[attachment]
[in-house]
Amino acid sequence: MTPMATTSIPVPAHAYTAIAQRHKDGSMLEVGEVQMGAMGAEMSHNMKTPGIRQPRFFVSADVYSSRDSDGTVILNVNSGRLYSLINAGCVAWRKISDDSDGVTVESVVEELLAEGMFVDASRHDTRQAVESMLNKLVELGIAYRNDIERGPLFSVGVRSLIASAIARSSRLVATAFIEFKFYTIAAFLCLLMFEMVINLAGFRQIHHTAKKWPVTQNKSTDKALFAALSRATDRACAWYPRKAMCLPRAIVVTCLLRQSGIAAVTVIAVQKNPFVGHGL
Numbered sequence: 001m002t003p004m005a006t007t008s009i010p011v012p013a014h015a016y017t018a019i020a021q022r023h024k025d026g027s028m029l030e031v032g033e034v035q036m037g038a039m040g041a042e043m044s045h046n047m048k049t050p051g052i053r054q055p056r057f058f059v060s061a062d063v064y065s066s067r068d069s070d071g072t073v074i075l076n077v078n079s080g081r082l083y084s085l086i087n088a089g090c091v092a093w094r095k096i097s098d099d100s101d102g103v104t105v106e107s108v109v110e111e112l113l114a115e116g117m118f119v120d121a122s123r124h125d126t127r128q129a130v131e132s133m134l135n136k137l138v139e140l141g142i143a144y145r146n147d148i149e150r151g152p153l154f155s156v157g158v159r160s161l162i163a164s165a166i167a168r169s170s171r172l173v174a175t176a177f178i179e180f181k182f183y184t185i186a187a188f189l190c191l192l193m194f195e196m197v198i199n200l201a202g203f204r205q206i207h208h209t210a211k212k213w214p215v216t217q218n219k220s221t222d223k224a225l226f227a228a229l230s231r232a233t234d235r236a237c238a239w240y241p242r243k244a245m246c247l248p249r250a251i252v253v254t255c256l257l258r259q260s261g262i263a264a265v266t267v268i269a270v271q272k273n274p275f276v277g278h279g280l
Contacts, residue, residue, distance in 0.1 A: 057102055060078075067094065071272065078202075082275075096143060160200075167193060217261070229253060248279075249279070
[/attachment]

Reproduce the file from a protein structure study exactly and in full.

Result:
[in-house]
Amino acid sequence: MTPMATTSIPVPAHAYTAIAQRHKDGSMLEVGEVQMGAMGAEMSHNMKTPGIRQPRFFVSADVYSSRDSDGTVILNVNSGRLYSLINAGCVAWRKISDDSDGVTVESVVEELLAEGMFVDASRHDTRQAVESMLNKLVELGIAYRNDIERGPLFSVGVRSLIASAIARSSRLVATAFIEFKFYTIAAFLCLLMFEMVINLAGFRQIHHTAKKWPVTQNKSTDKALFAALSRATDRACAWYPRKAMCLPRAIVVTCLLRQSGIAAVTVIAVQKNPFVGHGL
Numbered sequence: 001m002t003p004m005a006t007t008s009i010p011v012p013a014h015a016y017t018a019i020a021q022r023h024k025d026g027s028m029l030e031v032g033e034v035q036m037g038a039m040g041a042e043m044s045h046n047m048k049t050p051g052i053r054q055p056r057f058f059v060s061a062d063v064y065s066s067r068d069s070d071g072t073v074i075l076n077v078n079s080g081r082l083y084s085l086i087n088a089g090c091v092a093w094r095k096i097s098d099d100s101d102g103v104t105v106e107s108v109v110e111e112l113l114a115e116g117m118f119v120d121a122s123r124h125d126t127r128q129a130v131e132s133m134l135n136k137l138v139e140l141g142i143a144y145r146n147d148i149e150r151g152p153l154f155s156v157g158v159r160s161l162i163a164s165a166i167a168r169s170s171r172l173v174a175t176a177f178i179e180f181k182f183y184t185i186a187a188f189l190c191l192l193m194f195e196m197v198i199n200l201a202g203f204r205q206i207h208h209t210a211k212k213w214p215v216t217q218n219k220s221t222d223k224a225l226f227a228a229l230s231r232a233t234d235r236a237c238a239w240y241p242r243k244a245m246c247l248p249r250a251i252v253v254t255c256l257l258r259q260s261g262i263a264a265v266t267v268i269a270v271q272k273n274p275f276v277g278h279g280l
Contacts, residue, residue, distance in 0.1 A: 057102055060078075067094065071272065078202075082275075096143060160200075167193060217261070229253060248279075249279070